Commissioner Brendan Carr, after first saying O'Rielly had outworked probably everyone in this building, pointed out he had promoted rip-and-remove a couple of years ago, and the need for that program had only grown. He said the record is clear on China's intent to spy on the U.S. to get an industrial and business edge.
He said the FCC "has shown the strength and resolve to meet this threat." He also said it had turned the page on "the weak and timid approach to China of the past," and that it would be a mistake to revert to that approach, a not-to-veiled reference to Republican concerns about the approach of a Biden Administration.
Commissioner Jessica Rosenworcel began her comments with a shout-out to O'Rielly, saying that she appreciated his allegiance to the Constitution, "even in times where it may not have been convenient or easy." O'Rielly's nomination was pulled by President Trump, a move generally credited to O'Rielly's defense of the First Amendment against attempts to regulate social media speech, attempts the President has supported.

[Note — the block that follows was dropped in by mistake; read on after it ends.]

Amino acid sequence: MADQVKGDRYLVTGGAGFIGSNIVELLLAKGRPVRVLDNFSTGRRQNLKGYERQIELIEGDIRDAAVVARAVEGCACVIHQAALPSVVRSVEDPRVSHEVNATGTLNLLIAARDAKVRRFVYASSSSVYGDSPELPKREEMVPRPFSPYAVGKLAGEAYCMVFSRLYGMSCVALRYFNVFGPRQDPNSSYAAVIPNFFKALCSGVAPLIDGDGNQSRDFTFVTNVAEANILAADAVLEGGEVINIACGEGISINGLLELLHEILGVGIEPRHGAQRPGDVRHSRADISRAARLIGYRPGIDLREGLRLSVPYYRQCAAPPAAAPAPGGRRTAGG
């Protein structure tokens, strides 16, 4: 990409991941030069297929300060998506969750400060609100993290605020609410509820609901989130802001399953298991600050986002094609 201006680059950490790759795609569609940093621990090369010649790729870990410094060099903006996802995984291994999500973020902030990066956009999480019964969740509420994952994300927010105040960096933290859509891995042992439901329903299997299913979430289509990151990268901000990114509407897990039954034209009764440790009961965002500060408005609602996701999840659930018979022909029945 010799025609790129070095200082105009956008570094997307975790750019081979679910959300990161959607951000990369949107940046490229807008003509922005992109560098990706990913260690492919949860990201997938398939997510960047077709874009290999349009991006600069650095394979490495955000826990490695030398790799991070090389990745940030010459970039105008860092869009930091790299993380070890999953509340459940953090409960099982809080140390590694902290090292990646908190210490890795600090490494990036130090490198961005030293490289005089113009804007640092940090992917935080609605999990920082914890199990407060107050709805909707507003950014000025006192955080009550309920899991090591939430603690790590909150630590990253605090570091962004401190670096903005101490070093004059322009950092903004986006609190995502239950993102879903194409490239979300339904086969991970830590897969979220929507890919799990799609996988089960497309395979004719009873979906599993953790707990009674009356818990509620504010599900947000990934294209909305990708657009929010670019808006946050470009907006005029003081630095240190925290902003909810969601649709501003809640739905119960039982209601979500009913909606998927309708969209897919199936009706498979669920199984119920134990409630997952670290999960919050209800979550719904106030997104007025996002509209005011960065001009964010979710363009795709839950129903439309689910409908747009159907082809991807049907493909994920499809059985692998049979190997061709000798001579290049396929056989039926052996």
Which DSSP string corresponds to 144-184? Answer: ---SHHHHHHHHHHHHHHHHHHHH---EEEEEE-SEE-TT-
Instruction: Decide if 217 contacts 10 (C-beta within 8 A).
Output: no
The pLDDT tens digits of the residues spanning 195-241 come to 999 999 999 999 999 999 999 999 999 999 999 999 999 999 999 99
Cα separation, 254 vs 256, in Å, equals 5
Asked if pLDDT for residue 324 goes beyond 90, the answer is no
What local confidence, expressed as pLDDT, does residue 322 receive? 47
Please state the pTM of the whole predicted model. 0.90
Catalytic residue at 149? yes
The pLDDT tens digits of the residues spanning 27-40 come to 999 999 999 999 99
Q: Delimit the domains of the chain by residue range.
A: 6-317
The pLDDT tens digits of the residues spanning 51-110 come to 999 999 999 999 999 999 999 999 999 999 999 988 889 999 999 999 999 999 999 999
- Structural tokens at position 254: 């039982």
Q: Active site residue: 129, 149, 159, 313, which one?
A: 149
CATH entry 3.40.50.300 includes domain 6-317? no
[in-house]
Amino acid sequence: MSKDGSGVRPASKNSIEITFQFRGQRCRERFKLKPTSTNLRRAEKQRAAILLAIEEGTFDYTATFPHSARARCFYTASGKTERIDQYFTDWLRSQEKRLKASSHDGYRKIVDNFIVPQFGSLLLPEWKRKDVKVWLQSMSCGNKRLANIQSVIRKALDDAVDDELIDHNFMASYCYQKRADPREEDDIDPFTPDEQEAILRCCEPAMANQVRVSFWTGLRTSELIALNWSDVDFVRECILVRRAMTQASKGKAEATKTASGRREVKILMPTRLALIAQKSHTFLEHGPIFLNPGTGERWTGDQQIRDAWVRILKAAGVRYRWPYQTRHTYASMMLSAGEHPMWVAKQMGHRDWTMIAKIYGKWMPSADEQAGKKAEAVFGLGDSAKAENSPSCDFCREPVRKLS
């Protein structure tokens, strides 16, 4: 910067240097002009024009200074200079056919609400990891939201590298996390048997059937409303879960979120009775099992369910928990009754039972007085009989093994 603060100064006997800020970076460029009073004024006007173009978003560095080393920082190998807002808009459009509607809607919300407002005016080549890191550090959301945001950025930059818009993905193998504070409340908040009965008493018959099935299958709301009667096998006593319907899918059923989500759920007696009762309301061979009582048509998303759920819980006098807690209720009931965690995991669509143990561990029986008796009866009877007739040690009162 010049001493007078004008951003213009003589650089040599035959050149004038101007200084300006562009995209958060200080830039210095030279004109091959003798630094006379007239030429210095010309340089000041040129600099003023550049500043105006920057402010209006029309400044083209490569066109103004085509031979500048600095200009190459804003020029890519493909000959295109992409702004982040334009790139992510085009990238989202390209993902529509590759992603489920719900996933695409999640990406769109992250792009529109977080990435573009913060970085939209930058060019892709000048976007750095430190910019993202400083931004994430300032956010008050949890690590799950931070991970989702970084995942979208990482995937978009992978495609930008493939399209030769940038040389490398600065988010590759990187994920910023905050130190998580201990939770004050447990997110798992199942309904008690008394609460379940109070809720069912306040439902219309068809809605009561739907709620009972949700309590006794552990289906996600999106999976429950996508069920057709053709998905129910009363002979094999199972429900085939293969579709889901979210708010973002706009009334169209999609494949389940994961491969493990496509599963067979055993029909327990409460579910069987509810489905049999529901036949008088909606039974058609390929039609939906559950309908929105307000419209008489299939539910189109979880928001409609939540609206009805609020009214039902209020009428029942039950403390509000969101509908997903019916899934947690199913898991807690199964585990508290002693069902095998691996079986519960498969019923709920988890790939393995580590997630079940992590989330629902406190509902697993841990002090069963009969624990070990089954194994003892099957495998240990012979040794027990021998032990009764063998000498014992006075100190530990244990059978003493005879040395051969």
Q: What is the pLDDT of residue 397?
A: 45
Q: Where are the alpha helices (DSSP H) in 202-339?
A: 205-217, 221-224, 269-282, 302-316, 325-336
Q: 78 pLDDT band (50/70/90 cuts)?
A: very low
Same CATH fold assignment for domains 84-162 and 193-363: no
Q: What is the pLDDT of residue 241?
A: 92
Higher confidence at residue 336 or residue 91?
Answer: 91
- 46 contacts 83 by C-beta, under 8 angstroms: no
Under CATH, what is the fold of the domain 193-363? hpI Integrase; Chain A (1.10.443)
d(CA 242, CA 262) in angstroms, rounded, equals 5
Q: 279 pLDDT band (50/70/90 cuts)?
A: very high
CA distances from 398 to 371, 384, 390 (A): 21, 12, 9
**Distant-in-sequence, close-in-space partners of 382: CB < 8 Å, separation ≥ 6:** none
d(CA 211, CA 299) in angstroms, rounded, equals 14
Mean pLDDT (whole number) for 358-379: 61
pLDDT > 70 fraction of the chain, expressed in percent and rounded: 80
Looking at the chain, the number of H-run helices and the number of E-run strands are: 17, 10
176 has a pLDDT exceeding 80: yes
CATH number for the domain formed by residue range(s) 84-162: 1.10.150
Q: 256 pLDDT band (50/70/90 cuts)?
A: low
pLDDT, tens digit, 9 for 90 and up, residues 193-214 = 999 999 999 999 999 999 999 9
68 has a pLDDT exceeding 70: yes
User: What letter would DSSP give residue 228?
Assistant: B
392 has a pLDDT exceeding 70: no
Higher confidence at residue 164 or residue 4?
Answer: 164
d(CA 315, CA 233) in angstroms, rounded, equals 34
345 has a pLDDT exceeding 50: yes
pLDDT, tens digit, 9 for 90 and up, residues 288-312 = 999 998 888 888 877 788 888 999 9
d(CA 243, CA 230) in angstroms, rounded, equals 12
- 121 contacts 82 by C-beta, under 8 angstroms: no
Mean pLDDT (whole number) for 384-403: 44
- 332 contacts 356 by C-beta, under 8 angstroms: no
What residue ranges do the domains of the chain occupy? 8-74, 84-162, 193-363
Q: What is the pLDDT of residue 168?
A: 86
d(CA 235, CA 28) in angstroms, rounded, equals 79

Of the item, Rosenworcel said the Chinese government is still trying to consolidate its 5G authority and sustain its supply chain advantages. She said that means banning two vendors--Huawei and ZTE--is a start, but not enough. She said there needs to be a more comprehensive national 5G security strategy.
Commissioner Geoffrey Starks, having saluted O'Rielly as well, called the item "another important step in confronting the threat of insecure equipment in our nation’s communications networks." Given the seriousness and urgency of the threats to our networks, I am glad that we have decided to move forward with today’s Order, even as we await an appropriation," he said.
He also said he appreciated the chairman's willingness to tweak the item.